The value of New Zealand exports rose 12 per cent last month, according to the latest monthly trade figures released this morning.
A 32 per cent hike in the value of milk powder, butter, and cheese exports were the main contributor, said Statistics New Zealand.
The total value of goods exported for July 2010 was $3.6 billion, up $394 million from July 2009.
"Milk powder, butter, and cheese exports were up $179 million or 32 per cent, and led this increase," overseas trade manager Neil Kelly said.
Increased boat exports and forestry products were also signficant contributors to the increase.
Kelly said the trend for merchandise exports had been growing strongly since September 2009 and is now at a similar level to its previous peak in late 2008.
ASB economist Jane Turner said the trade balance "underwhelmed the market slightly, with growth in exports beginning to slow."
"Recent commodity price data point to prices in dairy beginning to ease of high levels, which will reduce support for the trade balance over the next year," said Turner.
"In addition, there have been tentative signs that forestry demand has eased (although prices remain firm), while manufacturing confidence has eased off recent highs. While we continue to expect an export-led recovery over the next year, it appears growth in the key drivers may be starting to slow slightly."
ANZ economist Mark Smith said the "uneven nature of the global expansion remains evident".
Exports to China rose by 7.5 per cent in seasonally adjusted terms to be 28 per cent up on a year earlier. While exports to Australia fell in July, they had increased by 6 per cent in the last three months. Encouragingly, said Smith, exports to Europe rebound after a few weak months, increasing by 8.4 per cent, although exports to the US plummeted by 15.6 per cent reflecting softer US outlook.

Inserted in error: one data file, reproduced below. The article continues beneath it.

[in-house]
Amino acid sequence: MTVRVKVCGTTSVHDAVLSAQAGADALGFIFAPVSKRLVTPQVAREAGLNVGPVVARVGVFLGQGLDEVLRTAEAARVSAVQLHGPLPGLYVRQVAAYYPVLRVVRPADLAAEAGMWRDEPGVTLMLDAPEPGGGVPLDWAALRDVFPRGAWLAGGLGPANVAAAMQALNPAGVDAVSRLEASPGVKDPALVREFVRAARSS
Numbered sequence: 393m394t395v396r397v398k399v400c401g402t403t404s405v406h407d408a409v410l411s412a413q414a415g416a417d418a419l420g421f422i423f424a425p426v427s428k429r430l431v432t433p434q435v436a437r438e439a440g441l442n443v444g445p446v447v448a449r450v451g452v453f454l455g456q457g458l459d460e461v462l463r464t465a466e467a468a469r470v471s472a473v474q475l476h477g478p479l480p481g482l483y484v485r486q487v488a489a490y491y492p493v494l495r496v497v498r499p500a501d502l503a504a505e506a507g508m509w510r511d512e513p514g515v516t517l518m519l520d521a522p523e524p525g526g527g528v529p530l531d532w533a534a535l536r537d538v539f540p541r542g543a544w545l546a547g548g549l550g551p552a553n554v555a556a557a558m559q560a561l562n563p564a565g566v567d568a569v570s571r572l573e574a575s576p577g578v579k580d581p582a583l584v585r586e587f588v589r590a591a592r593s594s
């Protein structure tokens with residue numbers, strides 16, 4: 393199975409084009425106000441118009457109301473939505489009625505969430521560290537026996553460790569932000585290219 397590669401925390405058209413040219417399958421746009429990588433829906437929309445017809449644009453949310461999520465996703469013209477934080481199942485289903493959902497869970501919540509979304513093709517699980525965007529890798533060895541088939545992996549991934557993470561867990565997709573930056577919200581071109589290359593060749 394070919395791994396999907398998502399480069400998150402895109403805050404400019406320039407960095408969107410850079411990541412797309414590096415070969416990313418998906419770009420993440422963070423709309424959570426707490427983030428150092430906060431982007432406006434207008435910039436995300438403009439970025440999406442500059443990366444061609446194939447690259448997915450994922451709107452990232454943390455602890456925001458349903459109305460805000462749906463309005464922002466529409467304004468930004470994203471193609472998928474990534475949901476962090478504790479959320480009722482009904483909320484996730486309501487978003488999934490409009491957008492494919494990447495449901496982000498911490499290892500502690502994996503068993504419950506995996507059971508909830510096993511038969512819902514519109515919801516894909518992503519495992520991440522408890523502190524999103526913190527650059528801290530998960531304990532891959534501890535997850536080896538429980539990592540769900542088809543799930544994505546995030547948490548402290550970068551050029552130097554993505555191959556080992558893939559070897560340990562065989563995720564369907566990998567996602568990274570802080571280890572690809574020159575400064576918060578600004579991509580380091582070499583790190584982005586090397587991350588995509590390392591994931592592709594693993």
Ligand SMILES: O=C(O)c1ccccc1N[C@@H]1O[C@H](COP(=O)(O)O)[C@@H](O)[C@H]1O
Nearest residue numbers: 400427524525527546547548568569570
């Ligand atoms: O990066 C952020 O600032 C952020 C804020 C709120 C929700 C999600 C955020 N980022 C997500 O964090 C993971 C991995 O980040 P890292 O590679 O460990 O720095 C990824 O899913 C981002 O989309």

"It is noticeable that merchandise exports to emerging economies are now playing a much more influential role in export performance, with share of exports to OECD countries having plummeted to under 50 per cent of exports as opposed to slightly more than 71 per cent in 2000 and closer to 80 per cent in the early 1990s," said Smith.
"This, and the strong performance of the Australian economy is likely to provide temporary insulation from the chill coming from the US and other major developed economies."
The total value of goods imported for July 2010 was $3.8 billion, up $402 million (12 per cent) from July 2009. Petroleum and products, passenger cars, and fertiliser were the leading contributors to this increase.
The trend for total merchandise imports has now risen for 10 consecutive months, but is still 13 per cent lower than its peak in September 2008.
The trade balance was a deficit of $186 million, or 5.2 per cent of the value of exports. As for July 2009, the current deficit is much lower than the average July deficit for the five years before July 2009 - 24 per cent of total exports.
- HERALD ONLINE